'Home grown solution' for conflict

The ethnic conflict in Sri Lanka will be resolved through a home grown solution, the Sri Lankan prime minister says.

Addressing the 64th session of the United Nations General Assembly, Prime Minister Rathnasiri Wikramanayake said, "the solution that evolves through this process, and which we will offer to all communities must be a home-grown product".

Reiterating the government commitment to resettle the internally displaced people he said Sri Lanka has learnt valuable lessons.

'Not to be forced'

However, "the pace of resettlement must not be forced if it is to be truly safe and sustainable in the long term".

"A total in excess of 54 agencies are actively engaged with us in these welfare villages" he added.

Prime Minister said that the United Nations should not interfere in the internal affairs of States.


"Multilateralism is not about the UN agenda responding only to the demands of a minority of powerful States, but also defending the interest of the powerless majority" he added.

Urging the friends and partners in the international community to be vigilant and continue to take action against the illegal acts of the LTTE in their soil, Prime Minister Ratnasiri Wikramanayaka said a global problem such as terrorism requires an effective global response.

He said Sri Lanka is committed to complying with its international obligations in the field of human rights.

© BBC Sinhala

Related Links:
General Debate of the 64th Session - UN
Address by SL Prime Minister

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Sunday, September 27, 2009

Election violence on the increase

By Rathindra Kuruwita - The lukewarm attitude taken by the political party big wigs and the Police towards the brazen violations of election law has created a lawless situation in the Southern Province, claims election monitoring bodies.

“Candidates are openly violating the election law and they are encouraged by the fact that there seem to be no consequences for their actions,” said National Polls Observation Centre Convener, Prasanna Adikari. “If the election law is to be properly upheld three parties, the party bosses, the Police and the Department of Elections, should play a very active role. But so far, the party bosses and the police have turned a blind eye to the open violation of the election law,” he added.

He added that so far 23 instances of election law violations have been reported in the three districts. “Ten incidents have been reported from the Galle District, while nine and four have been reported from the Hambanthota and Matara Districts respectively,” he said. “Galle is still the hot spot for violence and some candidates are getting a lot of media coverage for all the wrong reasons,” he added.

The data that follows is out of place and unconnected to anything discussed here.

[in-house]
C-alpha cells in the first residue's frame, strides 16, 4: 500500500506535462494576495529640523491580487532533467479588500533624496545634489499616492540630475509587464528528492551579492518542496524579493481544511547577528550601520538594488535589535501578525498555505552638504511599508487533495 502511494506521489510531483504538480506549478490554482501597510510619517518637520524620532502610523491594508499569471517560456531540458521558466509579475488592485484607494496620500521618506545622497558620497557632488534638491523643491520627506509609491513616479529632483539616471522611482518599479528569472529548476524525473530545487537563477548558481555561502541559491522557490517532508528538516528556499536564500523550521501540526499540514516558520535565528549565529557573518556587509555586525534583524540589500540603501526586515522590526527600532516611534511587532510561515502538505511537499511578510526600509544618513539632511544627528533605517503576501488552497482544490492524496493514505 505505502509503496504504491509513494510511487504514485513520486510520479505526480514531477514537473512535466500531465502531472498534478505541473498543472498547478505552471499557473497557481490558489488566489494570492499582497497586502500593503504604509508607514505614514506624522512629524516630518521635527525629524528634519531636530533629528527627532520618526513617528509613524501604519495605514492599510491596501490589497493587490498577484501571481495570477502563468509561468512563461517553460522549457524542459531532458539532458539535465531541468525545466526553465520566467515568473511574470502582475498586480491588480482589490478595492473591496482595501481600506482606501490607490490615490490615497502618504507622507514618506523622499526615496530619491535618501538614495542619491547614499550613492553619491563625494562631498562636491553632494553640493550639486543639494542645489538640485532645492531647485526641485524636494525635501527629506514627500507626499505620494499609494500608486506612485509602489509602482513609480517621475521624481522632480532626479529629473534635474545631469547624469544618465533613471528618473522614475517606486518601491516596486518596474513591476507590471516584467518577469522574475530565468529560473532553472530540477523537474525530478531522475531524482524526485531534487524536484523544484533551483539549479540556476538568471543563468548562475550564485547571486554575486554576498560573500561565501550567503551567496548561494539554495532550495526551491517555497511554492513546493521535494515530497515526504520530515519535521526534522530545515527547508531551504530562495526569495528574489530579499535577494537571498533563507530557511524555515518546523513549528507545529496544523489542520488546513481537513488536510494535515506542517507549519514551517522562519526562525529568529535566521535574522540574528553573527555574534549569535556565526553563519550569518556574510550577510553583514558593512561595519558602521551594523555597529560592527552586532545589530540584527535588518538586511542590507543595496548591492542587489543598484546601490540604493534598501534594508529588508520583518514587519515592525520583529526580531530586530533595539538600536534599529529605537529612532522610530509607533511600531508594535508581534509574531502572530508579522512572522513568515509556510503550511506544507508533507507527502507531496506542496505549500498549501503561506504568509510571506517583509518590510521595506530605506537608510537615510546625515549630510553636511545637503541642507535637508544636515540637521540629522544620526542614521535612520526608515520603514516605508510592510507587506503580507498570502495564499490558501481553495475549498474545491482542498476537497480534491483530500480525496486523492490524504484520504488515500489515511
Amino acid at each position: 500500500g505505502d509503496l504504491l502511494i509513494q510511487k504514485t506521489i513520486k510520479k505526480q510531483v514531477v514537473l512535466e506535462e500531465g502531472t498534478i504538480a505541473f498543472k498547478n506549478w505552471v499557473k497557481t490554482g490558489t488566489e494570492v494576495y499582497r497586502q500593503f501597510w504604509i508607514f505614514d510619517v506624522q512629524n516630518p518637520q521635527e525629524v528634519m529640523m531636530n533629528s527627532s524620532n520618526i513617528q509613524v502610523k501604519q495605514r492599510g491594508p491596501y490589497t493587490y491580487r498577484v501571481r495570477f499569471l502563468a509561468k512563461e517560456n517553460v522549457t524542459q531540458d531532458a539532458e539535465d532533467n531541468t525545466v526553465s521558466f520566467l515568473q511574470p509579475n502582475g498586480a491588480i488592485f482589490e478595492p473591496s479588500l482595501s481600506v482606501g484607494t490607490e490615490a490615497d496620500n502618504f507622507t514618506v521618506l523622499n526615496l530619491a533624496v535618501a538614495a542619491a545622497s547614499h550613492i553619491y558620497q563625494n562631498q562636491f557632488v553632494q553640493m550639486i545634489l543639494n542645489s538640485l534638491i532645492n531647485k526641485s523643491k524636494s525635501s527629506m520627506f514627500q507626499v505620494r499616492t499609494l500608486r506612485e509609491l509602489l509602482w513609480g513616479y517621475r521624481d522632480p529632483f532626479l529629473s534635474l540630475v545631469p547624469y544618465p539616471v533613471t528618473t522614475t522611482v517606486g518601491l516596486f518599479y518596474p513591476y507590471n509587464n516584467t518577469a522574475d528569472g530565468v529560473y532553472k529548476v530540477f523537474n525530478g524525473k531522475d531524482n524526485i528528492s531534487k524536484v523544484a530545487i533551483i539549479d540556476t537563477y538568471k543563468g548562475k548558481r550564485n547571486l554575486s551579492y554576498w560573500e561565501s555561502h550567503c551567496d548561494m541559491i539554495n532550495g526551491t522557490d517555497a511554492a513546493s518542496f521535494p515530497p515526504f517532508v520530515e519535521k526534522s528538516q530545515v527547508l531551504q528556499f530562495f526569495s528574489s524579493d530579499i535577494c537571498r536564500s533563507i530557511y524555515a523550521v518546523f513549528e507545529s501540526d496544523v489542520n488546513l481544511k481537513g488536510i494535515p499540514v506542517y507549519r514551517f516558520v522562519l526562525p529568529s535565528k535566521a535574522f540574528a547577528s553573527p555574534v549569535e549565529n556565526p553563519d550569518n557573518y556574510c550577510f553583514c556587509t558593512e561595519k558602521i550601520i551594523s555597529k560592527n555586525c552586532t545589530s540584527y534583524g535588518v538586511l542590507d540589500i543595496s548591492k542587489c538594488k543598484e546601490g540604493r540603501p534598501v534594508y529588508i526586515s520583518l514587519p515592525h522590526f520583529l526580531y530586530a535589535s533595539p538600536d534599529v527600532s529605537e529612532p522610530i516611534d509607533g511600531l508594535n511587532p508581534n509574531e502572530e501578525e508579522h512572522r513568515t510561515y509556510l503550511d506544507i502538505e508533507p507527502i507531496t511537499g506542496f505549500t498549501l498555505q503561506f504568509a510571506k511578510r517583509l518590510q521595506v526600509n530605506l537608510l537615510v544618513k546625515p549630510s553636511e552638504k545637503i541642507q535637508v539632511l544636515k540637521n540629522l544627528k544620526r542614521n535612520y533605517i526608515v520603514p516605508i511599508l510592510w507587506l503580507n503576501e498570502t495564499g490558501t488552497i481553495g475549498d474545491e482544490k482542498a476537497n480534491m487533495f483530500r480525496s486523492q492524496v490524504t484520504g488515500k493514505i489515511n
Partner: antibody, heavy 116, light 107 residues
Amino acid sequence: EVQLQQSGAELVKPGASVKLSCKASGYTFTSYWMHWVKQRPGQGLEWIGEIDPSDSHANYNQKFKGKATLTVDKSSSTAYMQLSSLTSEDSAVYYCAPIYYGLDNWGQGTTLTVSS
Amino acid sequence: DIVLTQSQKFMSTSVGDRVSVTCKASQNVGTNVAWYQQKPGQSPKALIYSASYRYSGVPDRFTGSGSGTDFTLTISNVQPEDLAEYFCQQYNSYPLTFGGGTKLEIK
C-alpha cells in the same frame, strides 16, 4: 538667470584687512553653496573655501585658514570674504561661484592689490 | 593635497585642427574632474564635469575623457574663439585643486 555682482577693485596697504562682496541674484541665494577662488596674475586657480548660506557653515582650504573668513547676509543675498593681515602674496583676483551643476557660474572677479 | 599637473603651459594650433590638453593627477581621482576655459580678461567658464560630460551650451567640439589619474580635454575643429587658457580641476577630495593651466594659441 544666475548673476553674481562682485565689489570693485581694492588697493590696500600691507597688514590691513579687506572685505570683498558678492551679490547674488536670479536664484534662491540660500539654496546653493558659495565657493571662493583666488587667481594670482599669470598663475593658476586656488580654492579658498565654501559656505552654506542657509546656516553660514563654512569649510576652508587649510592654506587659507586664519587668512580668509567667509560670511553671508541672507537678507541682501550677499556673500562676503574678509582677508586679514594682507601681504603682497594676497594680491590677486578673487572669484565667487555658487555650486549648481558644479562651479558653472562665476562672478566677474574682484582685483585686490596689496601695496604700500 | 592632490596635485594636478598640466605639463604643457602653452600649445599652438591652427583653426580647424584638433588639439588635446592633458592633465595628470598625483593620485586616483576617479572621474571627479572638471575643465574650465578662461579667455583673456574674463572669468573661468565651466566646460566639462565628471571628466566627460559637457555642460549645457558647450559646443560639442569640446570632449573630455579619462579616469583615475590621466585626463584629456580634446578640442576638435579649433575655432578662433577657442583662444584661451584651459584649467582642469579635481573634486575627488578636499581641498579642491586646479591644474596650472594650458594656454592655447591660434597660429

Meanwhile, the Campaign for Free and Fair Election (CaFFE) claimed that they have received 37 complaints, 15 from Galle, 12 from Hambanthota and 10 from Matara. “We see that things are hotting up as Election Day grows near. And there is a systematic campaign against the Janatha Vimukthi Peramuna (JVP). Some of their offices have been attacked even yesterday and some party sympathisers have been arrested,” said CaFFE Spokesman, Keerthi Tennakoon.

© The Nation

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Sunday, September 27, 2009

SLA shoots 6 including women, children in Cheddiku'lam camp

Sri Lanka Army (SLA) on Saturday around 6:00 p.m. opened fire and injured six civilians including two women and three children in Cheddiku'lam internment camp, according to initial reports reaching from Vavuniyaa. One 8-year-old child, seriously wounded in the episode, was transferred to Anuradhapura hospital from Vavuniyaa hospital, medical sources in Vavuniyaa said.

The unfortunate group of six is said to have gone for collecting firewood in the surroundings of the camp.

World Food Programme (WFP) has stopped supplying cooked meals from 17 September. The inmates are dependent on dry rations (rice, sugar and dahl), but they lack proper facilities to cook the meals.

Civilians inside the camps are forced to get other materials, firewood, salt, tamarind etc., from external sources.

The civilians who tried to cross over the camps to get firewood were shot by the SLA.

Meanwhile, the Sri Lankan military officials in Colombo said the SLA opened fire when civilians who tried to 'escape' started to stone the SLA soldiers when they were blocked from leaving the camp. The military officials put the number of wounded civilians at three.

© TamilNet

Related Links:
Menik Farm shooting: 3 wounded - The Sunday Times

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Sunday, September 27, 2009

Minister’s secretary abducted in Vavuniya

By Chris Kamalendran - A Coordinating Secretary to a minister was abducted by an unidentified group in Vavuniya on Friday night, police said yesterday. Arumugam Sriranjan served as Coordinating Secretary in Trincomalee’s pre-dominant Tamil areas for Nation Building Minister Susantha Punchinilame.

He was earlier the Jaffna district’s organizer of Sri TELO, a breakaway TELO group. Mr. Sriranjan joined the UPFA in August this year. According to police, the abductors had come in a white van and taken him at gun point while he was at his wife’s residence in the Urban Council quarters.

The abductors had posed off as CID officers, and sped off from the scene after threatening the other members of the household, police said. The police have put out an all-island alert to trace the van and the abductors.

© The Sunday Times